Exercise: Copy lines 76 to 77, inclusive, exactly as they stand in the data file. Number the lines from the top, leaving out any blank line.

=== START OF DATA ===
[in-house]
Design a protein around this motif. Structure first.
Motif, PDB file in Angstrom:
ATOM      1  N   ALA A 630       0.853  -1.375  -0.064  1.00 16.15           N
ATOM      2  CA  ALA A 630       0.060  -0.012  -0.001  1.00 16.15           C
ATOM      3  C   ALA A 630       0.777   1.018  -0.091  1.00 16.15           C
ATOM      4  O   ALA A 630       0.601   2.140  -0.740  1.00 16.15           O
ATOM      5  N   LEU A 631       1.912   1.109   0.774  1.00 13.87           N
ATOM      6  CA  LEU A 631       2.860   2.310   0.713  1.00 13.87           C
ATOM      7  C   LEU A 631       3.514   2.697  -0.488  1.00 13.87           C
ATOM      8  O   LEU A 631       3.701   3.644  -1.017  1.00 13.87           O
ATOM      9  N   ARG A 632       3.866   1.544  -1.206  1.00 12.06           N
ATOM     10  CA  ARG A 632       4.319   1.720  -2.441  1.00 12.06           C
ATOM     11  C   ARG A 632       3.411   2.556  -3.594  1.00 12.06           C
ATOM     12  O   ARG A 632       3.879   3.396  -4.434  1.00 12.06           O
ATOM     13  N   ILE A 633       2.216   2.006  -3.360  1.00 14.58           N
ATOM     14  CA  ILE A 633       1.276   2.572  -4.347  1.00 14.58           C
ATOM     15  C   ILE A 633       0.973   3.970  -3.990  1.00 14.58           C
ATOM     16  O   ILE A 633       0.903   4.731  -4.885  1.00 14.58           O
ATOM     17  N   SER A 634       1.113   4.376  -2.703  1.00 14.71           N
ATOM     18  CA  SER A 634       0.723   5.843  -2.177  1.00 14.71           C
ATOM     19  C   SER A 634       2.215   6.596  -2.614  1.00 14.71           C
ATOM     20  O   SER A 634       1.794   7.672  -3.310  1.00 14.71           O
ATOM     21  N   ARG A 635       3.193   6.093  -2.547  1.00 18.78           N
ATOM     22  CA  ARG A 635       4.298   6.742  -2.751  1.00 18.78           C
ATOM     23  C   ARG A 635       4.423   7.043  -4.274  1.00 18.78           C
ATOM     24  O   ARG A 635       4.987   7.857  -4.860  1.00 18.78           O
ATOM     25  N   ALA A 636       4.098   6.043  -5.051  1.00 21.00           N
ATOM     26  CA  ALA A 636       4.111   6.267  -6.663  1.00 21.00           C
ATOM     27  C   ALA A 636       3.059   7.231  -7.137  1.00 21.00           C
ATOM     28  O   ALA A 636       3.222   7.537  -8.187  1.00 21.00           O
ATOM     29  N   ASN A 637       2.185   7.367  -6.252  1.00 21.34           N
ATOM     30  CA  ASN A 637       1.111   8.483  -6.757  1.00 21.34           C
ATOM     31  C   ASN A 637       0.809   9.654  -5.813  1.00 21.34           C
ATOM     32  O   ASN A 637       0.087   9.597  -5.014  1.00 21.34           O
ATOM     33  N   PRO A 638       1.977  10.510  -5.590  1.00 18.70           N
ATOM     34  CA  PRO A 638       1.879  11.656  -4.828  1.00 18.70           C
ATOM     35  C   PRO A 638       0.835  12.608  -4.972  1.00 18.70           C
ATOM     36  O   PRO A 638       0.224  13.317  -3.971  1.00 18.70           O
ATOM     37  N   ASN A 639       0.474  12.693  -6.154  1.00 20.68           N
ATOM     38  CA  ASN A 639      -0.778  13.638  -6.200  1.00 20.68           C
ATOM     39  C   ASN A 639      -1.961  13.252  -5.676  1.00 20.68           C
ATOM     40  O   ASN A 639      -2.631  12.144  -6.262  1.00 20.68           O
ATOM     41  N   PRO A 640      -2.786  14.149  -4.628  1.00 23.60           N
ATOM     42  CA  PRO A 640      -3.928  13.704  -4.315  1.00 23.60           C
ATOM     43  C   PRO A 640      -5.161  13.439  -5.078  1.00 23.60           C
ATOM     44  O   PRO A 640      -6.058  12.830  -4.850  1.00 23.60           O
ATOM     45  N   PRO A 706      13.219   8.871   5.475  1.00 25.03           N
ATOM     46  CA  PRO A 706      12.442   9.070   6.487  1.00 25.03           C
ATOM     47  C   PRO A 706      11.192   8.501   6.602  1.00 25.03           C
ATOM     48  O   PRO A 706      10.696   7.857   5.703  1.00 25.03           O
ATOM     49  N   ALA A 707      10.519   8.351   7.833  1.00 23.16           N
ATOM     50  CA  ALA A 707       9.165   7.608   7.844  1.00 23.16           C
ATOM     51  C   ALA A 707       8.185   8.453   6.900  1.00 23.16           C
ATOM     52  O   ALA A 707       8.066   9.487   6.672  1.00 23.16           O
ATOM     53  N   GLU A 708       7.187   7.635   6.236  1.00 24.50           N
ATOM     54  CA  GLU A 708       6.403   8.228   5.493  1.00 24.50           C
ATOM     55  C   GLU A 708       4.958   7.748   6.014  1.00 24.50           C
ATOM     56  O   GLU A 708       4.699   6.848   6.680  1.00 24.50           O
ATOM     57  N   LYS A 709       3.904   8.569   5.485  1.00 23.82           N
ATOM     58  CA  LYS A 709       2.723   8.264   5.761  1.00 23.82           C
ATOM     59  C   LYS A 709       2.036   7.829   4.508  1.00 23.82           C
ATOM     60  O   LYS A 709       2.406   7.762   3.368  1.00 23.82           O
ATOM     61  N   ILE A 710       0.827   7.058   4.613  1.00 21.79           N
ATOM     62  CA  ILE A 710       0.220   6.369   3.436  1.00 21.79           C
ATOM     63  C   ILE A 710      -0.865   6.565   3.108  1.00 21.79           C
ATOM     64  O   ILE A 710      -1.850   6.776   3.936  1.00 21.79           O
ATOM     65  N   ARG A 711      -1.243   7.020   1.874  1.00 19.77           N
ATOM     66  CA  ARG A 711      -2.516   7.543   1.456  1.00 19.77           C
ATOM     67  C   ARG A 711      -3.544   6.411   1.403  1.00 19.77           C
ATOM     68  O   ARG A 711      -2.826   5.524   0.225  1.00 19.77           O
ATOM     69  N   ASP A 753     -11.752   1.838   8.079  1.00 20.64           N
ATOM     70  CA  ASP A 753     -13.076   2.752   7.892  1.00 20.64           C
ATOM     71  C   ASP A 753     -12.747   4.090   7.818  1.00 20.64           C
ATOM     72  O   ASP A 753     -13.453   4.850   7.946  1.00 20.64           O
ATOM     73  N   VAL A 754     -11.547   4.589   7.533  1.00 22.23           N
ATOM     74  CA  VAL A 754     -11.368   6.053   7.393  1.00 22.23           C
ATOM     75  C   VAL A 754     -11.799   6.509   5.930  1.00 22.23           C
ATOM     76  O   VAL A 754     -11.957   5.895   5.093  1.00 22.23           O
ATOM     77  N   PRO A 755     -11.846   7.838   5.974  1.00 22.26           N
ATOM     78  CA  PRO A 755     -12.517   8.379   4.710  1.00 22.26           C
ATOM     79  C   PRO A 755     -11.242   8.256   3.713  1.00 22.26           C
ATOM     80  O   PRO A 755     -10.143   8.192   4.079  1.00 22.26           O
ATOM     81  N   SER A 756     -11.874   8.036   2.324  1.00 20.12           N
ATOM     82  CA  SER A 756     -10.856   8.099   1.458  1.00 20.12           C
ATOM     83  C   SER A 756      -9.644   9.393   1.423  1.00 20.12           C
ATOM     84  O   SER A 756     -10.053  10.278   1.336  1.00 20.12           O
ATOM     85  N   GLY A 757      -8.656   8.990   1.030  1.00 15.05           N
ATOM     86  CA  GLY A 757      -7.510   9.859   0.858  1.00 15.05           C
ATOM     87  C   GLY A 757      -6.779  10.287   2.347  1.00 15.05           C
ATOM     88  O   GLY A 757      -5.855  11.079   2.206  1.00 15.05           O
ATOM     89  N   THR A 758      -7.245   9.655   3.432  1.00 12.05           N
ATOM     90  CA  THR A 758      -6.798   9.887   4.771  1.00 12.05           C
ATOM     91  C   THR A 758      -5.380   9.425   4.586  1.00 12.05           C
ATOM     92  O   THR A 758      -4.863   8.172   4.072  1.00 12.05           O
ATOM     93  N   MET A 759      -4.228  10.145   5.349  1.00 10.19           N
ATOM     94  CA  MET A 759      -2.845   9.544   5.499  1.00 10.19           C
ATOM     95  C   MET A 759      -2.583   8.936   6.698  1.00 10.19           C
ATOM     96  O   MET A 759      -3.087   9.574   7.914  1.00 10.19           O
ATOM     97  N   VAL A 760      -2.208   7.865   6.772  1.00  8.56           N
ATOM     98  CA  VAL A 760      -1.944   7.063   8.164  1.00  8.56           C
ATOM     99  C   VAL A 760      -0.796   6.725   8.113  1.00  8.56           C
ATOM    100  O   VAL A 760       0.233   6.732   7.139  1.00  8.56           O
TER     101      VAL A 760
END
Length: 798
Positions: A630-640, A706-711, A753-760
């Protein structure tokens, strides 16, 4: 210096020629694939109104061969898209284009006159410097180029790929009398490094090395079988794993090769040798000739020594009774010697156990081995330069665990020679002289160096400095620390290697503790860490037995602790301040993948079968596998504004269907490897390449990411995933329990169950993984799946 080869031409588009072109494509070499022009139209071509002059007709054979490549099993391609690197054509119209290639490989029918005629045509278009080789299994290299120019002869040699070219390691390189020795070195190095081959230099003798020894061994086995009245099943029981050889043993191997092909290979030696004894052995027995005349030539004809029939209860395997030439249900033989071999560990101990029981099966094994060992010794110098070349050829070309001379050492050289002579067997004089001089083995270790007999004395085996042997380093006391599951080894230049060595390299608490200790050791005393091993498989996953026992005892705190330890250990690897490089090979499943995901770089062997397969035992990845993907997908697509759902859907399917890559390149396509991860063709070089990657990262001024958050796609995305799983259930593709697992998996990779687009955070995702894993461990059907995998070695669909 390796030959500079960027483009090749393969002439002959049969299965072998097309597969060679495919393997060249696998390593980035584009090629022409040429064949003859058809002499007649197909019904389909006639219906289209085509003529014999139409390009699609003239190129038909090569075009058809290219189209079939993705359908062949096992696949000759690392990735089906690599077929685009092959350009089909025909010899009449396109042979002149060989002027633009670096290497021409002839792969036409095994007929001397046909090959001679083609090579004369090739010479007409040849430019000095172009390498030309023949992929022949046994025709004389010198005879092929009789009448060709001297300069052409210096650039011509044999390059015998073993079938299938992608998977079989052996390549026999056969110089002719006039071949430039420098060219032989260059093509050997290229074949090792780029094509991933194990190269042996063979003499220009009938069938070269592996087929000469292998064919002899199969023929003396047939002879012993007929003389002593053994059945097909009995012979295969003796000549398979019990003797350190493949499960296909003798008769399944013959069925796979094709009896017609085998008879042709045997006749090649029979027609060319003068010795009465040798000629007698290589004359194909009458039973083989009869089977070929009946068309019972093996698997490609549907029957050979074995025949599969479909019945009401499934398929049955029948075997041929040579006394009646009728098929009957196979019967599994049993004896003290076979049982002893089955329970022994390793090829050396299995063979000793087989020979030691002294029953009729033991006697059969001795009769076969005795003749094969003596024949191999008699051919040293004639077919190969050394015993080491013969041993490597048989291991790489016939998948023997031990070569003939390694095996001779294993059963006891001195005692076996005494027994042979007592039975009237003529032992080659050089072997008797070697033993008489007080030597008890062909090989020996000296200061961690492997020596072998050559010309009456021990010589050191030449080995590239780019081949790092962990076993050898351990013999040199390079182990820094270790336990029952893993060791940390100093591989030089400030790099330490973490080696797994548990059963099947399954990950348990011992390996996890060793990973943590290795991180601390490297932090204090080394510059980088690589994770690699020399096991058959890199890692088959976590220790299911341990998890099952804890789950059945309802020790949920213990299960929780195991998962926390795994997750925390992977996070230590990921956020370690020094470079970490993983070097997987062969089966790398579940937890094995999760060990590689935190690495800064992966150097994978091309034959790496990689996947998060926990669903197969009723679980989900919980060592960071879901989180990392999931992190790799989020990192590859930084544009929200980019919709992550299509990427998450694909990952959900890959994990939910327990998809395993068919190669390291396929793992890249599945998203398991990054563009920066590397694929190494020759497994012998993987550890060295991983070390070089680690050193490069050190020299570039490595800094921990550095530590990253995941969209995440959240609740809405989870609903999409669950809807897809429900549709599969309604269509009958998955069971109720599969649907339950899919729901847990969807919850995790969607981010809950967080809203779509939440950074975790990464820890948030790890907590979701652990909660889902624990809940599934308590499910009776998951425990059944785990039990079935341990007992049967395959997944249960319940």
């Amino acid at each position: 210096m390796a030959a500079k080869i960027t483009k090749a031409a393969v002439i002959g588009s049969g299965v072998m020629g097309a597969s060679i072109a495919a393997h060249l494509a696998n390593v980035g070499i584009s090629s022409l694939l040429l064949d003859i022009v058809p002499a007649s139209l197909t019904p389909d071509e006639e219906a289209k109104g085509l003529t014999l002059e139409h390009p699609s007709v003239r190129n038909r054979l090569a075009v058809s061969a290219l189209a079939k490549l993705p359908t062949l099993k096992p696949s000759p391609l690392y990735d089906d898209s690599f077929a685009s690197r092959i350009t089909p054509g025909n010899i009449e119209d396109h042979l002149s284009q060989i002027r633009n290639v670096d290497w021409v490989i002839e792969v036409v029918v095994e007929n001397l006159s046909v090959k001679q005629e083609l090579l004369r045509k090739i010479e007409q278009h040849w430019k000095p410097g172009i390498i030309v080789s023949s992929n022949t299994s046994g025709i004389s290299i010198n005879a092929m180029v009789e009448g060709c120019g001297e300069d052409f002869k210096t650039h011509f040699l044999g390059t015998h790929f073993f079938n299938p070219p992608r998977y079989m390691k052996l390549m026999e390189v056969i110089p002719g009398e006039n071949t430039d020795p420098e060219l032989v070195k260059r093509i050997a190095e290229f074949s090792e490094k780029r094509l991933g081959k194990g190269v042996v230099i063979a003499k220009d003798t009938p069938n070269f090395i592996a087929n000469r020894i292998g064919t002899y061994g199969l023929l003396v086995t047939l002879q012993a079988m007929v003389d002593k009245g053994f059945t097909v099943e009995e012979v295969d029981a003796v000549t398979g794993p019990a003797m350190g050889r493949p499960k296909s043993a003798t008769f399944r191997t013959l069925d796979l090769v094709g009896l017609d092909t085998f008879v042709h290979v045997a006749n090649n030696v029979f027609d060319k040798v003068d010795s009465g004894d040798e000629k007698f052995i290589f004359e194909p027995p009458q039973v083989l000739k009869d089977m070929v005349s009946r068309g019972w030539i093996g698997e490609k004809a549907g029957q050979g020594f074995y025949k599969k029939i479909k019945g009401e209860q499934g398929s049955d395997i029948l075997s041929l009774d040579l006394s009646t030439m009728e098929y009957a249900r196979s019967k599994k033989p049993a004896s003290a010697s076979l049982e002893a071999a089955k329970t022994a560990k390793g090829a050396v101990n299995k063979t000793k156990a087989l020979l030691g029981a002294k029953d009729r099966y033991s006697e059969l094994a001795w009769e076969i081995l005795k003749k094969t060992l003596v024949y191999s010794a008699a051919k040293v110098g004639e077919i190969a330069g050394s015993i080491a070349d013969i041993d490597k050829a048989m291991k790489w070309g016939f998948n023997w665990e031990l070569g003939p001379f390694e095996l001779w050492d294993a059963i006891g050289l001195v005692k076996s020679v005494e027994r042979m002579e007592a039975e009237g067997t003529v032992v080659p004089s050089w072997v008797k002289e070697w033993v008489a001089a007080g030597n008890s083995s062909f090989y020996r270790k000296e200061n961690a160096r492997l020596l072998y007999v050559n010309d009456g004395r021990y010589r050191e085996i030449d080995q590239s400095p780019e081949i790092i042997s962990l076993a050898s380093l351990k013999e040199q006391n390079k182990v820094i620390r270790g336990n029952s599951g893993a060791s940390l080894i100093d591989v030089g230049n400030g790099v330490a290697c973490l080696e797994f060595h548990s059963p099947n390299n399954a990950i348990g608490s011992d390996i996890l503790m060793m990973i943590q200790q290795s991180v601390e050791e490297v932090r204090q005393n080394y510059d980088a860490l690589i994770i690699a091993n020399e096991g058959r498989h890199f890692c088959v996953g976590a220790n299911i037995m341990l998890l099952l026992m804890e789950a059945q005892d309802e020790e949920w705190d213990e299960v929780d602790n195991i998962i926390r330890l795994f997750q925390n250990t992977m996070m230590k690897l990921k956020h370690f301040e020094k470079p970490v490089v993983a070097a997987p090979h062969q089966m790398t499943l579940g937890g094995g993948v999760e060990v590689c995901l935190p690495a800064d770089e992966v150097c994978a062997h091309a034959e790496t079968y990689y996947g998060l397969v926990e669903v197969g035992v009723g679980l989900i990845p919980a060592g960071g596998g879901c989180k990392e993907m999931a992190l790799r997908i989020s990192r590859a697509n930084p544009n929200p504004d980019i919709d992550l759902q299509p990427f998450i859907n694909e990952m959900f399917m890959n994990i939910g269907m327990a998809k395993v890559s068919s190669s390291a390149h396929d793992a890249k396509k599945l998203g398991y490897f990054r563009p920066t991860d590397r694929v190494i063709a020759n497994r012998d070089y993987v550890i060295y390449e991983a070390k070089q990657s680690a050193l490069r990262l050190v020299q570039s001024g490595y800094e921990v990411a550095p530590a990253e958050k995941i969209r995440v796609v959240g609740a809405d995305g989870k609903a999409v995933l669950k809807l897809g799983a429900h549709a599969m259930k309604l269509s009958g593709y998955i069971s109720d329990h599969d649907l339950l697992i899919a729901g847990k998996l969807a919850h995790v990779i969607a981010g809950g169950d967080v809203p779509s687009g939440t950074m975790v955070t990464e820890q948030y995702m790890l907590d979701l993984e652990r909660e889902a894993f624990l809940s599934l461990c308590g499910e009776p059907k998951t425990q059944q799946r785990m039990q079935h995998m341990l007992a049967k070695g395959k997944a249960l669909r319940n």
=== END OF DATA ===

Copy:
ATOM     73  N   VAL A 754     -11.547   4.589   7.533  1.00 22.23           N
ATOM     74  CA  VAL A 754     -11.368   6.053   7.393  1.00 22.23           C